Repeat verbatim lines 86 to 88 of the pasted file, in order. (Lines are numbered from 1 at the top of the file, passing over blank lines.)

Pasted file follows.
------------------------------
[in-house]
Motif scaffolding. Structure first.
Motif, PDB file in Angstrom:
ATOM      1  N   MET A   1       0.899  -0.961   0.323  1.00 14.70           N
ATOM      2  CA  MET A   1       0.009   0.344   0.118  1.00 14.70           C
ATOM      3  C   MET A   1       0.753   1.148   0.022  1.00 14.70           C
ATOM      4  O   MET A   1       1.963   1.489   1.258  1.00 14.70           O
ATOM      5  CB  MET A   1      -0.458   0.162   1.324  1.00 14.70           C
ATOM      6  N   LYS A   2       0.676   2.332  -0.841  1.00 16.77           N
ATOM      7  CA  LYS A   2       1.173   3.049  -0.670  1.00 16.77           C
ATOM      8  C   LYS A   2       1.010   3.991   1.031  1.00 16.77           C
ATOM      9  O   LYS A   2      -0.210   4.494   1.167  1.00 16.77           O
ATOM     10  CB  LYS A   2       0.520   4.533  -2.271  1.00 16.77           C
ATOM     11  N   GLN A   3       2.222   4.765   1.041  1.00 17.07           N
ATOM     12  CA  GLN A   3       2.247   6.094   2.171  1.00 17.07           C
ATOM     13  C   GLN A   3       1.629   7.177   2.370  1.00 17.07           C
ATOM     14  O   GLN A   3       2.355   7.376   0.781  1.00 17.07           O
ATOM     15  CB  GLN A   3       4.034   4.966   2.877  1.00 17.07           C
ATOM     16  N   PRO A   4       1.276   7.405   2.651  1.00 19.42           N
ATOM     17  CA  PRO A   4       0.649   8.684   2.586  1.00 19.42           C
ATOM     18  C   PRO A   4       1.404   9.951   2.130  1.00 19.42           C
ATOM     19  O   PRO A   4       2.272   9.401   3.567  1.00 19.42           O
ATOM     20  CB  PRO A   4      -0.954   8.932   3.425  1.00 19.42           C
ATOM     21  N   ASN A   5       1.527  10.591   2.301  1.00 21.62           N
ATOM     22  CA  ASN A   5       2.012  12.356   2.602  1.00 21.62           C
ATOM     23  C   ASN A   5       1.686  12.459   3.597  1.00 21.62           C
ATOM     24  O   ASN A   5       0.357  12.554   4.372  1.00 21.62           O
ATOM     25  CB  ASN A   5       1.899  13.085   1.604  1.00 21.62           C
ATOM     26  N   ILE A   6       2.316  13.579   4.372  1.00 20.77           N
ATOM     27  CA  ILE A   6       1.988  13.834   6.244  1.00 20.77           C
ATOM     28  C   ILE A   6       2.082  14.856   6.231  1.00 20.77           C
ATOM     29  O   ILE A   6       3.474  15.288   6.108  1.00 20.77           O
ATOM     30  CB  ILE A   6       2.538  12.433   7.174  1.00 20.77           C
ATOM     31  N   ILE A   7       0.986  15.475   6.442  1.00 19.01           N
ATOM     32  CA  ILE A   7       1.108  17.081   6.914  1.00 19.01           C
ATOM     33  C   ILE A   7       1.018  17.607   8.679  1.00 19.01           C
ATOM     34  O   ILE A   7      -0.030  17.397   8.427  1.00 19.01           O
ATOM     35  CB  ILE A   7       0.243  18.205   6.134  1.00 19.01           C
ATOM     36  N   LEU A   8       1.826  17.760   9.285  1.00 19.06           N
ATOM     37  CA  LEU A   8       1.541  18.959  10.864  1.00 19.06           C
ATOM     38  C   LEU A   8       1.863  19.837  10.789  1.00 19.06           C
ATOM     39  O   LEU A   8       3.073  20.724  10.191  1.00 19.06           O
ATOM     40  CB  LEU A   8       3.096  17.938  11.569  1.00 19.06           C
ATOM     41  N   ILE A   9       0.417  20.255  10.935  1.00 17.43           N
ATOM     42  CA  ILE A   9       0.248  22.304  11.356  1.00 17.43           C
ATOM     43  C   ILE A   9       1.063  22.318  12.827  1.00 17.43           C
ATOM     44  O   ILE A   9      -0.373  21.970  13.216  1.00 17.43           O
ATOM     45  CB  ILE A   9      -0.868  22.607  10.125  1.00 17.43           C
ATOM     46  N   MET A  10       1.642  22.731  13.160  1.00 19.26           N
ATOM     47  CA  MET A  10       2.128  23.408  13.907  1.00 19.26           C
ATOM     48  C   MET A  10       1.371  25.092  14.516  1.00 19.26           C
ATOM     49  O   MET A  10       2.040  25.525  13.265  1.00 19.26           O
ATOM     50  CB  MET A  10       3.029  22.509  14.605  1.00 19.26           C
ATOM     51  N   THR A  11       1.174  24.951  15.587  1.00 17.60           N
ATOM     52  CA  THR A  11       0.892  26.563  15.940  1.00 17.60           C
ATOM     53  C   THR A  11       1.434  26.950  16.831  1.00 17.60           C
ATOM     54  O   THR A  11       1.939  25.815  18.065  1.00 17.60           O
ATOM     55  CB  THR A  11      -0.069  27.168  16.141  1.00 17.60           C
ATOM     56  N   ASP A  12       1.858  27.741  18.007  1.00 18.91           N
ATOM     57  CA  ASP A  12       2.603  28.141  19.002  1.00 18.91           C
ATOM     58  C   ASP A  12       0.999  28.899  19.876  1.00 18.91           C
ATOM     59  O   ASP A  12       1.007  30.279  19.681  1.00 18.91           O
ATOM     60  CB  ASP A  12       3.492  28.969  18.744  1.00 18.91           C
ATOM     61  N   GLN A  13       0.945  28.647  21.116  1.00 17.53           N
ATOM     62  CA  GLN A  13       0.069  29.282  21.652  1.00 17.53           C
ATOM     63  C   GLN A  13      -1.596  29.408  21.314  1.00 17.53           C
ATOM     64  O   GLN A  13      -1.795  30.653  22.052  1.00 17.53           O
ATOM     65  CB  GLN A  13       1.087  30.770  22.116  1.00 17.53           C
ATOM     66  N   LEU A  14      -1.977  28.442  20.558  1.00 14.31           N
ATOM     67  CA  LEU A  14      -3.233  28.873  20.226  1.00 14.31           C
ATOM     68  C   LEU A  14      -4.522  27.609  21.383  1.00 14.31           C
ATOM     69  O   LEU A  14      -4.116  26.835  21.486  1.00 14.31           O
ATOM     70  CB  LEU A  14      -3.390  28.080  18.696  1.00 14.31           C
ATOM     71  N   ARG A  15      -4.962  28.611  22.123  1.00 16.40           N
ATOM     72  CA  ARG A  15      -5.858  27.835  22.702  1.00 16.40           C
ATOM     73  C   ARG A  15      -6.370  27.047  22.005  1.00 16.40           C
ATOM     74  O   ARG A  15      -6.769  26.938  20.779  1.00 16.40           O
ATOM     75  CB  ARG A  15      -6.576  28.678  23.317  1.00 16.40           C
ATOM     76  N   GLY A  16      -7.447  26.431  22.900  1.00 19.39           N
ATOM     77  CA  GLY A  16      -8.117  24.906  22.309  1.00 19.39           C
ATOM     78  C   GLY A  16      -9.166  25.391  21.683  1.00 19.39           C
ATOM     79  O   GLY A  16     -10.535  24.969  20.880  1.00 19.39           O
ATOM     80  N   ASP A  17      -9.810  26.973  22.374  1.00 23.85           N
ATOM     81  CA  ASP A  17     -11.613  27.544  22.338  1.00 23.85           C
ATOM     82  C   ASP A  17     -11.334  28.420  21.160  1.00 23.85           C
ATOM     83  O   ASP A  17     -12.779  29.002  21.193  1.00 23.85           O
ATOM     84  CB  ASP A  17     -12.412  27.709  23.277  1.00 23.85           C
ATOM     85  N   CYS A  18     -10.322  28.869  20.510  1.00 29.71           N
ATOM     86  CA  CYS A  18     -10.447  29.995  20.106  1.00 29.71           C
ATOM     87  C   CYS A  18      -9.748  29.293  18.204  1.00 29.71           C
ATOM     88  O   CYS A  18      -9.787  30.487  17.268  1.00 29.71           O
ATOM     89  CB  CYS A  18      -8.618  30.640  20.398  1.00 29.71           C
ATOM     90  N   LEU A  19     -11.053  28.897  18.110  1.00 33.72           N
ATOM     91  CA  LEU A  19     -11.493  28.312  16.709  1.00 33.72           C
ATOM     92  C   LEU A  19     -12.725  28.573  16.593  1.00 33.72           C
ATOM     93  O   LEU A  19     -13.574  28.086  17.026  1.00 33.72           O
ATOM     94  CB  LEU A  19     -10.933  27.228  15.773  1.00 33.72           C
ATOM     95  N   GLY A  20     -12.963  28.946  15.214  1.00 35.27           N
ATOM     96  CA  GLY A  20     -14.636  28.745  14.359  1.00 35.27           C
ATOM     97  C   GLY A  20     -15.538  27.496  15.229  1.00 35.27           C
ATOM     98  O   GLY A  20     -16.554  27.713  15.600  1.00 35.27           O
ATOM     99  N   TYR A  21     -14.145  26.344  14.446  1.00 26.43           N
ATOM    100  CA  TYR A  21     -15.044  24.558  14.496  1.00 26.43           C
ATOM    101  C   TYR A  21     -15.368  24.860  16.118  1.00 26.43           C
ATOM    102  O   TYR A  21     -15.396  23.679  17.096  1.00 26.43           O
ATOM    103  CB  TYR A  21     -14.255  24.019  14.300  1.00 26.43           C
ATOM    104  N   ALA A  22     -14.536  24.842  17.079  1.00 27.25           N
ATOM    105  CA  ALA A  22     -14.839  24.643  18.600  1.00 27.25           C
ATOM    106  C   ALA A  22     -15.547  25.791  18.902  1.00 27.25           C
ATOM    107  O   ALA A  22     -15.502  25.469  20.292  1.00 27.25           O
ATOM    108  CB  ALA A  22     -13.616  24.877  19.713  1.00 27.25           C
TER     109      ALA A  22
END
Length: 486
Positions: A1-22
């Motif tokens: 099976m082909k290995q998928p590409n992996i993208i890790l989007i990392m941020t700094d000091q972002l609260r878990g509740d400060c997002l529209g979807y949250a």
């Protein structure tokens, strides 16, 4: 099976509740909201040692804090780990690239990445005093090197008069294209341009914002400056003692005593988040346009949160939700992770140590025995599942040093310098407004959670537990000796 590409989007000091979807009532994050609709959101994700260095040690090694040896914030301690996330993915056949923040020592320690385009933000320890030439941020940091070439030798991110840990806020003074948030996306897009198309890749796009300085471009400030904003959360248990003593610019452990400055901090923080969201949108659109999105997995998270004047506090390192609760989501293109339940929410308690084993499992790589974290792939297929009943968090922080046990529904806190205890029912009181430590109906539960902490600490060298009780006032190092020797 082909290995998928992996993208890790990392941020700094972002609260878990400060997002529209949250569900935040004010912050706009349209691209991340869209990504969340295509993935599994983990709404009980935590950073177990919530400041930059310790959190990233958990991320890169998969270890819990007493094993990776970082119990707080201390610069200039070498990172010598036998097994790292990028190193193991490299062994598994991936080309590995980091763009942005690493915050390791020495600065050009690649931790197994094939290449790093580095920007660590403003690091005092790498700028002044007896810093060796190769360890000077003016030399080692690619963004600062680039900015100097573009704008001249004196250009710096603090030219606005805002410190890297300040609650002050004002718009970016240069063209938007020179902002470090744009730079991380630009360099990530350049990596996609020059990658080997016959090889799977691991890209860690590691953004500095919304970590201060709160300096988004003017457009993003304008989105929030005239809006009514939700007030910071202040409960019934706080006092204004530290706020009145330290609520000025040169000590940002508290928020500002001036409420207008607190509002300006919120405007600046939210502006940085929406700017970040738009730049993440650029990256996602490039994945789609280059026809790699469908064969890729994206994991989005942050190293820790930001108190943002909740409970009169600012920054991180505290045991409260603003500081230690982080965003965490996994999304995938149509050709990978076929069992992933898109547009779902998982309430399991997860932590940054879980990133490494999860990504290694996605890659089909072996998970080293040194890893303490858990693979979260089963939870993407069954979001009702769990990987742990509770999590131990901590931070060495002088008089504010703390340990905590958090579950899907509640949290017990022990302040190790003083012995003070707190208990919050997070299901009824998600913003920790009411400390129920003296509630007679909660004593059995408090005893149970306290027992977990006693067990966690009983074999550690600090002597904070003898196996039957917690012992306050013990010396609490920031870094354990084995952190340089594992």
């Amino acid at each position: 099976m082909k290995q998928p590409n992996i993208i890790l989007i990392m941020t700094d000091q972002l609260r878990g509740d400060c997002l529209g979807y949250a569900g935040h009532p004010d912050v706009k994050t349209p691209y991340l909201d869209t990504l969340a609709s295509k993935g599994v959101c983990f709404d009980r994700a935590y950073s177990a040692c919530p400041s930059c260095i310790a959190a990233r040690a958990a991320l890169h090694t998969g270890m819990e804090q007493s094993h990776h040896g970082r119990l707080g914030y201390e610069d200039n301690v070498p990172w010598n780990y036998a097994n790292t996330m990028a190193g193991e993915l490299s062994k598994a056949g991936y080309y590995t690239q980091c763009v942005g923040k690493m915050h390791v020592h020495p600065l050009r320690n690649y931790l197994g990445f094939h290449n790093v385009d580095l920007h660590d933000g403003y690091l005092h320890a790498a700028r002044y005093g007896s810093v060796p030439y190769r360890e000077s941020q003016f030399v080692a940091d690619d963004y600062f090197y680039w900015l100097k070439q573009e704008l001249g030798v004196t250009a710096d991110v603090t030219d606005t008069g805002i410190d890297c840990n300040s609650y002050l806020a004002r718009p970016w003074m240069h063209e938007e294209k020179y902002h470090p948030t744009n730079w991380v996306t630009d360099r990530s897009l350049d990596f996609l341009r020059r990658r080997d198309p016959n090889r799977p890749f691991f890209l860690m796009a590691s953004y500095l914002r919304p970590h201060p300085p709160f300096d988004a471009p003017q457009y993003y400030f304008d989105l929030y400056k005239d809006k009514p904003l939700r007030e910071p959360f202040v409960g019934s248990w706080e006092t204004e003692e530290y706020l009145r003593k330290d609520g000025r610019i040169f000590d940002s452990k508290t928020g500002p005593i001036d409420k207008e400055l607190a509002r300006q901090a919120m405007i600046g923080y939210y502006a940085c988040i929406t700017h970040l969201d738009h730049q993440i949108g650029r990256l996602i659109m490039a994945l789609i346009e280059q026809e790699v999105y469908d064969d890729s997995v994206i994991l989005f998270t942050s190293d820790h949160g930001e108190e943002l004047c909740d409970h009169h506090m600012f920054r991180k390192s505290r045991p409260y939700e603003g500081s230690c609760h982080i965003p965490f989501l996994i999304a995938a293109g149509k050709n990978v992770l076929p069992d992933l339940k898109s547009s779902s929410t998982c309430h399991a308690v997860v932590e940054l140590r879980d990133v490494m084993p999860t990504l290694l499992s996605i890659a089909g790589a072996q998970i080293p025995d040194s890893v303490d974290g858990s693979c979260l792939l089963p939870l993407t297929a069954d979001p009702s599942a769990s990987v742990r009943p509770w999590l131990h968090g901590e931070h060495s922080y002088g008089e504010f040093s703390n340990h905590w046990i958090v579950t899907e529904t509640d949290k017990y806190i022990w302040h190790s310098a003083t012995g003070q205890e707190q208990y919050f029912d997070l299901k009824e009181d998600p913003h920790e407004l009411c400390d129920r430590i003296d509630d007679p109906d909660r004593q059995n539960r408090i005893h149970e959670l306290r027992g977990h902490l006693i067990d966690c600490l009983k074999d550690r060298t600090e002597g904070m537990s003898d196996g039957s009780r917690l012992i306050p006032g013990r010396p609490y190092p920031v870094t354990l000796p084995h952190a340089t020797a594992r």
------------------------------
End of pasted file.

ATOM     83  O   ASP A  17     -12.779  29.002  21.193  1.00 23.85           O
ATOM     84  CB  ASP A  17     -12.412  27.709  23.277  1.00 23.85           C
ATOM     85  N   CYS A  18     -10.322  28.869  20.510  1.00 29.71           N